Education; He earned his D.O. degree from Des Moines University and began post-graduate training in Internal Medicine at Maimonides Medical Center and at the University of Louisville. He spent the first year of his pathology and laboratory medicine residency at the University of Pittsburgh and finished at the University of Rochester. He later did a fellowship in Transfusion Medicine at Emory University Hospital.
Connection to UR; He was a resident in Pathology and Laboratory Medicine from 2004-08. He now serves as faculty for the Transfusion Medicine Fellowship at UR and is a regular judge for Pathology Research Day.
What first brought you to Rochester?
I had never heard of Rochester before I came here for residency and my wife. She’s a tenured professor at SUNY Geneseo, but even before she got tenure we knew we wanted to stay in the area. I targeted this Red Cross job after my training and it’s worked out very well.
Describe a typical day for you at the Red Cross.
I am part of a team of three physicians located in the Upstate NY, Boston, MA and Farmington, CT, who are responsible for all the Red Cross issues in NY, PA, Massachusetts, Maine, Connecticut, Vermont and New Hampshire. Basically, I’m responsible for any donor issues, blood product issues, or any issues with blood products being transfused at the hospital. During the day I get numerous questions about donors – if they’re okay to donate or how to handle some sort of reaction to a donation. I spend a lot of time on the phone with hospitals giving them recommendations. I’m not necessarily in the office a lot
Why did you choose blood banking?
I was actually trained in internal medicine. I wanted to pick something that would allow me to stay as close to patient care as possible. With transfusion medicine, you’re essentially involved with patient care all the time, and that’s why I went in this direction.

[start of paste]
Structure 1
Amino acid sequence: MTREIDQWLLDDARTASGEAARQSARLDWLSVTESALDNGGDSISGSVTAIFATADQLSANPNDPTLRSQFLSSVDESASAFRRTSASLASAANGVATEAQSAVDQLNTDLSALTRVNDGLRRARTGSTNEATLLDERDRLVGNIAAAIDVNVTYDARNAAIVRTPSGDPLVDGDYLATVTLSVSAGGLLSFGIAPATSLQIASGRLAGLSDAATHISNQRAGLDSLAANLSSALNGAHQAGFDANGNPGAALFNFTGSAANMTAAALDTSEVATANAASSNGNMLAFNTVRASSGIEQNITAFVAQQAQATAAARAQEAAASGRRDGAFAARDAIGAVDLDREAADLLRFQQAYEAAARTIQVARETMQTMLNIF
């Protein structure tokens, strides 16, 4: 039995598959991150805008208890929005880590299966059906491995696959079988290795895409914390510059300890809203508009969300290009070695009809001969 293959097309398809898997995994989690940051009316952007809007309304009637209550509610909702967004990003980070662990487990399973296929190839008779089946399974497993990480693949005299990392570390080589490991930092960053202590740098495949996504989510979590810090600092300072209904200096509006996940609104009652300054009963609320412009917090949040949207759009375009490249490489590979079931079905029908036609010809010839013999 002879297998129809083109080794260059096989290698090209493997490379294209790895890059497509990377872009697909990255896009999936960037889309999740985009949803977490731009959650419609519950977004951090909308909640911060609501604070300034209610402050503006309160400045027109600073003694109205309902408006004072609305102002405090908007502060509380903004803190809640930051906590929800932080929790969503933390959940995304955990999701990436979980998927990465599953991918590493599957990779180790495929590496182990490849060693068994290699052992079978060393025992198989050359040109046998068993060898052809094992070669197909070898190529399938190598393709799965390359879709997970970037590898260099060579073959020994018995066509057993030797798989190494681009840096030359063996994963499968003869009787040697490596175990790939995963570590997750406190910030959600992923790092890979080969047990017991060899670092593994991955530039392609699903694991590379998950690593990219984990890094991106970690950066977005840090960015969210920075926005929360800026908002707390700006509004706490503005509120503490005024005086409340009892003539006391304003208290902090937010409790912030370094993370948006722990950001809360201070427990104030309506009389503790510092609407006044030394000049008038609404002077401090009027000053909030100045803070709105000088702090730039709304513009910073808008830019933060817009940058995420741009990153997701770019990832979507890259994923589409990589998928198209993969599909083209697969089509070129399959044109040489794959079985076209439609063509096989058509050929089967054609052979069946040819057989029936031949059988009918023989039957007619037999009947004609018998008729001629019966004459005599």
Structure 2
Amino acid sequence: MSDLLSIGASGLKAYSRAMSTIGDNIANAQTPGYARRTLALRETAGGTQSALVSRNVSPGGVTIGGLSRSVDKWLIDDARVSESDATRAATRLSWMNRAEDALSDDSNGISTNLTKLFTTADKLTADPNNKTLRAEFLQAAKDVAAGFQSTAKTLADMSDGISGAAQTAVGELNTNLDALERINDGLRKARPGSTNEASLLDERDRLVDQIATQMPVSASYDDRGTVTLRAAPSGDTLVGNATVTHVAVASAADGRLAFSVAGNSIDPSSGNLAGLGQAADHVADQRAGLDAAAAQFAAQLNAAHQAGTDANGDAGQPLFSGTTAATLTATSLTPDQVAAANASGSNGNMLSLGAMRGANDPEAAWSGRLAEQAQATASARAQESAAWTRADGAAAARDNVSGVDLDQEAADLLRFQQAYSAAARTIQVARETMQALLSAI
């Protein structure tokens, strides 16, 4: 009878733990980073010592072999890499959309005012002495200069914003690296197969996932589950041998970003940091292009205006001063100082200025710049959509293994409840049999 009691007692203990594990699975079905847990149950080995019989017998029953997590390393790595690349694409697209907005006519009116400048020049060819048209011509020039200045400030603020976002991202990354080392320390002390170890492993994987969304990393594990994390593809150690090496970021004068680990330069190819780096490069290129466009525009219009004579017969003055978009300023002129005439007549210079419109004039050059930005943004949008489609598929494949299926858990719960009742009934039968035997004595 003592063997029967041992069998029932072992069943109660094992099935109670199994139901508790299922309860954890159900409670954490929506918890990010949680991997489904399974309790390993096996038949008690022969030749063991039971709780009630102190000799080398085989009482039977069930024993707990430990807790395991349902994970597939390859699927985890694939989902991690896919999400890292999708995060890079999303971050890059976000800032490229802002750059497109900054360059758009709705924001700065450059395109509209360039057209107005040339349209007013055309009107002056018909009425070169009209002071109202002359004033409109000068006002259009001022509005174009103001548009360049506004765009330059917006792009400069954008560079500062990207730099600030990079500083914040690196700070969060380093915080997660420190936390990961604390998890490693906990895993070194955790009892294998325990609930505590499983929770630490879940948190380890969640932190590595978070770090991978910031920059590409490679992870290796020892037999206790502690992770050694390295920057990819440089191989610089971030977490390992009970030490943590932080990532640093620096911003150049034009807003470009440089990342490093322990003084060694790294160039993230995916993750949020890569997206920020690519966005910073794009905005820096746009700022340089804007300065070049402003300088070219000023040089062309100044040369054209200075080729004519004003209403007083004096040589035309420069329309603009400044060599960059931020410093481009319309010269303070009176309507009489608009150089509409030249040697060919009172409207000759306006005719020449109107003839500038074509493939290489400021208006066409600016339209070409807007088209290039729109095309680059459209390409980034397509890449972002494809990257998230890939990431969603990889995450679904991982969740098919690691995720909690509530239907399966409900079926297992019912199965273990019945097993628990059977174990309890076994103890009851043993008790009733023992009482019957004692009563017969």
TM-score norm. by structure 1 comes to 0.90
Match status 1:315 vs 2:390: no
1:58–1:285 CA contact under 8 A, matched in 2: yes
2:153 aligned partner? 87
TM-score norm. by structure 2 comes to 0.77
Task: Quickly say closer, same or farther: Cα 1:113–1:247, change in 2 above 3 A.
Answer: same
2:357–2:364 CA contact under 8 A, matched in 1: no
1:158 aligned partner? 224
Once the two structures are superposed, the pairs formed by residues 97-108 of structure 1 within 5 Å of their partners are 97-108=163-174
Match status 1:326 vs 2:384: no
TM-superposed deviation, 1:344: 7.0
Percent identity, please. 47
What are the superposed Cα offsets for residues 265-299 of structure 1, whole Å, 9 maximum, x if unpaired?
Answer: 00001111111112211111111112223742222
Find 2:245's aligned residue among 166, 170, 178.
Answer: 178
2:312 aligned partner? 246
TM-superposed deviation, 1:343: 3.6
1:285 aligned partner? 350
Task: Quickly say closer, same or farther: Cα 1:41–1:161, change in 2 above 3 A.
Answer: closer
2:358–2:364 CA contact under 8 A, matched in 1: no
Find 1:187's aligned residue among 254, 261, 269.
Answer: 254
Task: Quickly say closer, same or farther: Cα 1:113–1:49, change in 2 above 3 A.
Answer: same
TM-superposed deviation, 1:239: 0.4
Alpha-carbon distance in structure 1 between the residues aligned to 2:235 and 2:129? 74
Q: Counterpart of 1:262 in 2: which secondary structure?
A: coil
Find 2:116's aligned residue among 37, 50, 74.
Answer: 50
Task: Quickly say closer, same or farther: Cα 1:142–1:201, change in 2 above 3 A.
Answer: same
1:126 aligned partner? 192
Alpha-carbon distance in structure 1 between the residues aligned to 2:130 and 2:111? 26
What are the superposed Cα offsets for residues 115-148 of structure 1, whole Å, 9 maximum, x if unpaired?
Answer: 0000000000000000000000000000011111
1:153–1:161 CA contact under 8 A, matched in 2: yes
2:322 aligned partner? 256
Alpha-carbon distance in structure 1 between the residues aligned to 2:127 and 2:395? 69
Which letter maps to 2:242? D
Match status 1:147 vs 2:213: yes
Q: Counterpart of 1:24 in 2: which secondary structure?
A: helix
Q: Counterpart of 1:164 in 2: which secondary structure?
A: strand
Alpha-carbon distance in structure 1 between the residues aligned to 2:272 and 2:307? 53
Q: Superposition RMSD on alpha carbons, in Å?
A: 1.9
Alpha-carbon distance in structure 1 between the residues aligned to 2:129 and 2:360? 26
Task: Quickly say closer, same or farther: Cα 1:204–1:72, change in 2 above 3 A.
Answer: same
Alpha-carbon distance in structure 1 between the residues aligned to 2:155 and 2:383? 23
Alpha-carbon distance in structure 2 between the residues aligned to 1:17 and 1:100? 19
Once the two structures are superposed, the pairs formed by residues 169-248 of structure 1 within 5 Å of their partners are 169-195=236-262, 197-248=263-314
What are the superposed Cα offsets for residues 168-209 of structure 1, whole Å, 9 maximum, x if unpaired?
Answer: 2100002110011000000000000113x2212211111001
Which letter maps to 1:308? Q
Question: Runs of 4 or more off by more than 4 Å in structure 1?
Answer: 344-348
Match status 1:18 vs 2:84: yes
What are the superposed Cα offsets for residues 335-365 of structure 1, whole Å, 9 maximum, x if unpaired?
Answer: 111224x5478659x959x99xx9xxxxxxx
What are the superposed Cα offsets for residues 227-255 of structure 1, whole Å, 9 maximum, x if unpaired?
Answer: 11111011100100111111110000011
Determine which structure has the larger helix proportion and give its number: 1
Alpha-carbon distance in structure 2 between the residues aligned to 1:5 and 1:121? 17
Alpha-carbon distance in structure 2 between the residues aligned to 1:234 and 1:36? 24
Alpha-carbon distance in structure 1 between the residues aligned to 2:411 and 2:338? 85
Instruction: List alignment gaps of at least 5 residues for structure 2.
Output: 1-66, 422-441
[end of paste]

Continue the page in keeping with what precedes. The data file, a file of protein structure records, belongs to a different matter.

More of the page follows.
What’s something people may not know about your job?
As a medical director at the Red Cross, I’m one step removed from patient care. A lot of times when I’m discussing issues over the phone, it’s hard for people to understand that I don’t have an office where I see patients on a daily basis. I’m almost more of a manager where I oversee the laboratory and the blood products, but it’s more of a managerial role with a little bit of patient care. I don’t fit into the mainstream of what most consider a physician to be.
What advice can you give medical students or trainees?
If you’re not already decided on a field in medicine, when you go out and do your different rotations, pay attention. I went into internal medicine because I liked the lifestyle and the attitude of internal medicine docs, and was turned off of other careers because I didn’t necessarily see myself as that type of individual.
It’s the same thing with pathology. When you’re going through your pathology residency, think about whether you want to be a clinical pathologist because you like the laboratory side of things versus the anatomical side. Really pay attention to what you what you see yourself being in 10 or 10 years because, ideally, this is the job you are going to keep for the rest of your working life. Make sure you’re happy.
Do you have any professional goals for the future?
I did a lot of research when I was in training, and I’d like to get back more into the research field and maybe publish more.
Do you have any hobbies?
I am an avid runner. In the rain or snow, I am out there running every day. Otherwise, I love reading cheap science fiction and horror novels. The rest of my time is spent being a fulltime dad. It keeps me busy but it’s very rewarding.